Larry Kosmont is founder and CEO of Kosmont Companies, a Los Angeles-based real estate and economic development firm which has worked on numerous redevelopment projects. He’s also a former commissioner on the California Economic Development Commission.
Why is abolishing redevelopment agencies a bad idea?
Redevelopment is the most compelling and successful economic development tool for California, at least in local cities. The state has few economic development tools to leverage private investment with public investment. Other states are more attractive to businesses because they are less expensive and easier to deal with – no CEQA, less taxes, streamlines or shorter government processes for permits and certifications. Through Propositions 13, 62, 218 and the most recently approved Prop. 26, the citizens of our great state over a 30-year period have clipped the wings of their local elected representatives and state legislators by disallowing any tax increases without either two-thirds or 50.1 percent majority public vote, depending on the type of tax increase.
This means that California’s 495 or so cities, which for the most part are small to medium-sized service business with very demanding customers called voters, must seek new sources of revenue necessary to support their basic operations cost increases, which every business has, through real estate transactions. It’s the only consistent vehicle available. In many ways, RDAs are public agency real estate companies. with a public policy perspective, and as such they are the most potent tool for cities to implement projects that generate new jobs and taxes without having to go to a vote.
What is one key thing that most people don’t understand about RDAs?
Since 1993, redevelopment agencies have built or rehabilitated nearly 100,000 affordable housing units, which makes redevelopment the largest producer of affordable housing for a state where housing affordability has been a significant and stubborn issue.
RDAs are diverse. What are the key things that all RDAs have in common? What are key differentiators?
All redevelopment agencies use property tax increments to fund projects that are for infrastructure improvements, commercial and industrial projects that create jobs, as well as affordable housing projects. All RDAs must approve a redevelopment plan and project area map before they are eligible to receive tax increments.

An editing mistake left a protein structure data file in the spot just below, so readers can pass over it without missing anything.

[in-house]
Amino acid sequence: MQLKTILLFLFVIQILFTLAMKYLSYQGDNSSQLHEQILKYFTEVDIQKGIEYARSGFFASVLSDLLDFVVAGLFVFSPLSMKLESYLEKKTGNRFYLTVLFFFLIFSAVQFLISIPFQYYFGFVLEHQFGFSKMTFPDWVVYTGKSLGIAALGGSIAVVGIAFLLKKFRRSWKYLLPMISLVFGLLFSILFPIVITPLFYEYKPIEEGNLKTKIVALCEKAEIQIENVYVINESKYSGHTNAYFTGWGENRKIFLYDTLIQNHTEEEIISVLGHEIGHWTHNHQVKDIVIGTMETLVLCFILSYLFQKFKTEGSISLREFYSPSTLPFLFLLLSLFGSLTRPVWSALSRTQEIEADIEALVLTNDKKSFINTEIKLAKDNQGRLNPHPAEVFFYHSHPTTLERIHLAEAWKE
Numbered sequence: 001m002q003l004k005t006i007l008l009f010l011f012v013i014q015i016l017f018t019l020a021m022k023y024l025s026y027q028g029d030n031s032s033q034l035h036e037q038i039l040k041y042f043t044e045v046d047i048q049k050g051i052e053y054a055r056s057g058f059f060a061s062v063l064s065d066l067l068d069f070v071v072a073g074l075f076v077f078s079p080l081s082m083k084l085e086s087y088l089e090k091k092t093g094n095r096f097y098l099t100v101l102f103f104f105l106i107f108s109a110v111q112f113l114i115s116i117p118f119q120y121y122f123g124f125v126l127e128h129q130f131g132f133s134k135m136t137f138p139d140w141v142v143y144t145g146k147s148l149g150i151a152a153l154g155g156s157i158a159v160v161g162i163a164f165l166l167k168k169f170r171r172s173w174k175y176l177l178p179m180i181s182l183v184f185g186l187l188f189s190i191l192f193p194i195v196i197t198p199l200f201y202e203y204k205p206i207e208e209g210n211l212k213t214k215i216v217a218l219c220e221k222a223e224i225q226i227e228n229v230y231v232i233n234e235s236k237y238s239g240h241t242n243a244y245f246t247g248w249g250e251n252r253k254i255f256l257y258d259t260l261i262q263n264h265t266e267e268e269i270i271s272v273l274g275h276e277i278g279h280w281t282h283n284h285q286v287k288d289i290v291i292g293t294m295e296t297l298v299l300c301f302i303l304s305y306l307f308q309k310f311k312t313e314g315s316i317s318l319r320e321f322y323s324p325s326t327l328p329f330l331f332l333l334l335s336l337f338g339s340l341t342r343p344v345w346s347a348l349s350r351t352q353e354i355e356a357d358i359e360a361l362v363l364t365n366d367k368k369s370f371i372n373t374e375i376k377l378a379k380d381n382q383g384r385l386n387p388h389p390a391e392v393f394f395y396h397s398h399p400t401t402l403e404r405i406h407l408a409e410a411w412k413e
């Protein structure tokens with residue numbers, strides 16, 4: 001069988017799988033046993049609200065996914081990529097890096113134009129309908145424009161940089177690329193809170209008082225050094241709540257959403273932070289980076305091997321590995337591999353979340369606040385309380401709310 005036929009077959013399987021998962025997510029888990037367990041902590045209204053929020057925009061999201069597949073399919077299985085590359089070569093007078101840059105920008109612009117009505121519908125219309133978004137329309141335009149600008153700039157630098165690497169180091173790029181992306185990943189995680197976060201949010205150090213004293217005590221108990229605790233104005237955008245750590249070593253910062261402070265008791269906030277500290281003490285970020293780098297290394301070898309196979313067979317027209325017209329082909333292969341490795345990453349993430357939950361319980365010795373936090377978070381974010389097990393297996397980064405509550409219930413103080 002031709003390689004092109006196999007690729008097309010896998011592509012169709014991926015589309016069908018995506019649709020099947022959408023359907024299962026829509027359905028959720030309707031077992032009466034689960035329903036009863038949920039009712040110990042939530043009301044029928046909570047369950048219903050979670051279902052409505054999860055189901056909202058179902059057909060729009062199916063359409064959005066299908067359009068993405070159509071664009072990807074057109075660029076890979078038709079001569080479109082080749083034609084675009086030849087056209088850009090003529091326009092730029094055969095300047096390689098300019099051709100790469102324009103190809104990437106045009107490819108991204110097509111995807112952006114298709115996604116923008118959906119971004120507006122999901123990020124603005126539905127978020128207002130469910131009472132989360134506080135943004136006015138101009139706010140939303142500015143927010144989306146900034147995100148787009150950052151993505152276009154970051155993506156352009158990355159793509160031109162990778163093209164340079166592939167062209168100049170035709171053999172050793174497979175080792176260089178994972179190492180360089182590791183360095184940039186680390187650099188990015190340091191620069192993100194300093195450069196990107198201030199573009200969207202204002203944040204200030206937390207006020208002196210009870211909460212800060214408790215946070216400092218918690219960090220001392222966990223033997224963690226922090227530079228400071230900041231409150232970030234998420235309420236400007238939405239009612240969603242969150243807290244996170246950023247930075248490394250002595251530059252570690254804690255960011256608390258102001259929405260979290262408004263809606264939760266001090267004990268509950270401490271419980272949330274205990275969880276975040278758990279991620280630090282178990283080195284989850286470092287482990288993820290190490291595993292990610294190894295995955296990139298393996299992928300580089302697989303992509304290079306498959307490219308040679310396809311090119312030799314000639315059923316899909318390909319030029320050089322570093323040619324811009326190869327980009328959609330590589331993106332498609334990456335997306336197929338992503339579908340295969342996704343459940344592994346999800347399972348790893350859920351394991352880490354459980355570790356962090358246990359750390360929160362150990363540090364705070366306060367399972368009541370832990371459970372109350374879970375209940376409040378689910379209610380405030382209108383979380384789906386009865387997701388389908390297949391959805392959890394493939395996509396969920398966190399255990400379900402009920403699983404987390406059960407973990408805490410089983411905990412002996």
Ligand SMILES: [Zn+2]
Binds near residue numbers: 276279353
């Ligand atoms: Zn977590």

Project areas rely on meeting a complex definition of blight and blight eradication to achieve project area eligibility. Redevelopment project areas are creatures of debt … in order to have available tax increments, they must borrow against tax increments, to be eligible to receive it.
Not all project areas use or rely on eminent domain for projects. Some project areas voluntarily relinquish eminent domain powers. Project areas all have different program priorities as stated in their locally adopted redevelopment plans, so it is not one-size-fits all, and no one can treat or brand all agencies at the same time. Certain agencies have been very effective and successful – Pasadena, Long Beach, Burbank, Cerritos, and many others.
Are there individual RDAs that abuse their power? If so, are there better ways to deal with them.
Some RDAs are negligent or simply not well-run. Others step over the line in their interpretations of the health and safety code, which is the state code that governs RDA activities. An oversight agency with authority to impose severe penalties could reconcile this behavior and bring errant RDAs into line.
What are the steps that would make getting rid of RDAs unnecessary?
One: Appoint a state oversight agency. If redevelopment abuse is found, an agency can ultimately be disbanded with steps – penalties – short of that in increments, such as loss of tax increment, loss of a project area, etc.
Two: Broaden the redevelopment blight definition to enable project areas to qualify for tax increment by adopting a comprehensive local sustainability charter – in essence, converting RDAs into “Green RDAs.” The state has no funding source or staff to implement AB 32 and SB 375. RDAs have trained staff and already know how to set up public/private transactions, which from this point on could be required as “green” or sustainable transactions in pursuit of the goals and objectives of AB 32 and SB 375. Also, expand housing implementation programs – this state will never have too much quality affordable housing!
Three: Set up a state-authorized, voter-approved “Office of Constituent Advocate” to keep a watchful eye on redevelopment for the taxpayers. The voters/citizens of Los Angeles just voted in charter amendment “I” – “DWP Ratepayer Advocate.” Since our citizens want and need jobs, and redevelopment supports over 300,000 jobs annually, including many construction jobs, these same taxpayers should be able to peer into redevelopment and keep it on track to deliver quality jobs and housing. Like my two kids, they are basically good, but much better with adult supervision.
Four: The rest of the measures necessary, from my perspective, consist of technical clean-ups that are important, but a bit too technical to list. Items one through three above should go a long way to repurposing redevelopment productively, much better than wholesale extermination on a rushed basis, as has been proposed.